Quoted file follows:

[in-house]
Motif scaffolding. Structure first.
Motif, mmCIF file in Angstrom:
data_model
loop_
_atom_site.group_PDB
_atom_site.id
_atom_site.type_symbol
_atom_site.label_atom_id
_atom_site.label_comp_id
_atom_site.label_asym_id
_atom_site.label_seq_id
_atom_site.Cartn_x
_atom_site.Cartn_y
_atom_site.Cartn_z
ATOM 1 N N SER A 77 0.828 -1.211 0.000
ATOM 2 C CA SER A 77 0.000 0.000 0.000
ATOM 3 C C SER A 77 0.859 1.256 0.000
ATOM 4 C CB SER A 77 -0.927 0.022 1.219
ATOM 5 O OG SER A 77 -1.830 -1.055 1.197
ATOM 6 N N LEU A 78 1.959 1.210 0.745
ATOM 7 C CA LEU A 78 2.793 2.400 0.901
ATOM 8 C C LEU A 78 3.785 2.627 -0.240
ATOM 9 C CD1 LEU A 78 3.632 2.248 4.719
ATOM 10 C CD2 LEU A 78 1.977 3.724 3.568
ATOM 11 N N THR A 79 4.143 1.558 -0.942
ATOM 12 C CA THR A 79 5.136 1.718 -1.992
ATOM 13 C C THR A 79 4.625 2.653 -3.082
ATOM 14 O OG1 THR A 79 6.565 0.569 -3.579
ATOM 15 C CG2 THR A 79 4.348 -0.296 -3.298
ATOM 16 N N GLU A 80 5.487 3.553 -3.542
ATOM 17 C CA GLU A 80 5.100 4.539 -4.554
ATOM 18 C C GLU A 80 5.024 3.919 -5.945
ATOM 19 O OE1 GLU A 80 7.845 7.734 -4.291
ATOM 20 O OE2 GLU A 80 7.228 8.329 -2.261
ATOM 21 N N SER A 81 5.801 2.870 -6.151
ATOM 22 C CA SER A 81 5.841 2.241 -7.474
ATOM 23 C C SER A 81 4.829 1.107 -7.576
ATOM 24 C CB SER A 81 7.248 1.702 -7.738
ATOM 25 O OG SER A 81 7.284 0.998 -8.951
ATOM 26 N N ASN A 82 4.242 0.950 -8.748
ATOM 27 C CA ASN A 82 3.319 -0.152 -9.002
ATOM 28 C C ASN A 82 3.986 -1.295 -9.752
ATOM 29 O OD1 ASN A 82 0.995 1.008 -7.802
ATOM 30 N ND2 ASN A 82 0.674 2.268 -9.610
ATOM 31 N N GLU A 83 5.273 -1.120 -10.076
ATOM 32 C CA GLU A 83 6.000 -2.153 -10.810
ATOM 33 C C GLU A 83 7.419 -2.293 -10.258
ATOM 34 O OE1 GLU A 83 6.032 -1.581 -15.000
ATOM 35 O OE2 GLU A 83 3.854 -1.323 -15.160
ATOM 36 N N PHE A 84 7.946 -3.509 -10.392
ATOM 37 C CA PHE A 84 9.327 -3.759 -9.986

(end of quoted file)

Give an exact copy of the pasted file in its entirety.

[in-house]
Motif scaffolding. Structure first.
Motif, mmCIF file in Angstrom:
data_model
loop_
_atom_site.group_PDB
_atom_site.id
_atom_site.type_symbol
_atom_site.label_atom_id
_atom_site.label_comp_id
_atom_site.label_asym_id
_atom_site.label_seq_id
_atom_site.Cartn_x
_atom_site.Cartn_y
_atom_site.Cartn_z
ATOM 1 N N SER A 77 0.828 -1.211 0.000
ATOM 2 C CA SER A 77 0.000 0.000 0.000
ATOM 3 C C SER A 77 0.859 1.256 0.000
ATOM 4 C CB SER A 77 -0.927 0.022 1.219
ATOM 5 O OG SER A 77 -1.830 -1.055 1.197
ATOM 6 N N LEU A 78 1.959 1.210 0.745
ATOM 7 C CA LEU A 78 2.793 2.400 0.901
ATOM 8 C C LEU A 78 3.785 2.627 -0.240
ATOM 9 C CD1 LEU A 78 3.632 2.248 4.719
ATOM 10 C CD2 LEU A 78 1.977 3.724 3.568
ATOM 11 N N THR A 79 4.143 1.558 -0.942
ATOM 12 C CA THR A 79 5.136 1.718 -1.992
ATOM 13 C C THR A 79 4.625 2.653 -3.082
ATOM 14 O OG1 THR A 79 6.565 0.569 -3.579
ATOM 15 C CG2 THR A 79 4.348 -0.296 -3.298
ATOM 16 N N GLU A 80 5.487 3.553 -3.542
ATOM 17 C CA GLU A 80 5.100 4.539 -4.554
ATOM 18 C C GLU A 80 5.024 3.919 -5.945
ATOM 19 O OE1 GLU A 80 7.845 7.734 -4.291
ATOM 20 O OE2 GLU A 80 7.228 8.329 -2.261
ATOM 21 N N SER A 81 5.801 2.870 -6.151
ATOM 22 C CA SER A 81 5.841 2.241 -7.474
ATOM 23 C C SER A 81 4.829 1.107 -7.576
ATOM 24 C CB SER A 81 7.248 1.702 -7.738
ATOM 25 O OG SER A 81 7.284 0.998 -8.951
ATOM 26 N N ASN A 82 4.242 0.950 -8.748
ATOM 27 C CA ASN A 82 3.319 -0.152 -9.002
ATOM 28 C C ASN A 82 3.986 -1.295 -9.752
ATOM 29 O OD1 ASN A 82 0.995 1.008 -7.802
ATOM 30 N ND2 ASN A 82 0.674 2.268 -9.610
ATOM 31 N N GLU A 83 5.273 -1.120 -10.076
ATOM 32 C CA GLU A 83 6.000 -2.153 -10.810
ATOM 33 C C GLU A 83 7.419 -2.293 -10.258
ATOM 34 O OE1 GLU A 83 6.032 -1.581 -15.000
ATOM 35 O OE2 GLU A 83 3.854 -1.323 -15.160
ATOM 36 N N PHE A 84 7.946 -3.509 -10.392
ATOM 37 C CA PHE A 84 9.327 -3.759 -9.986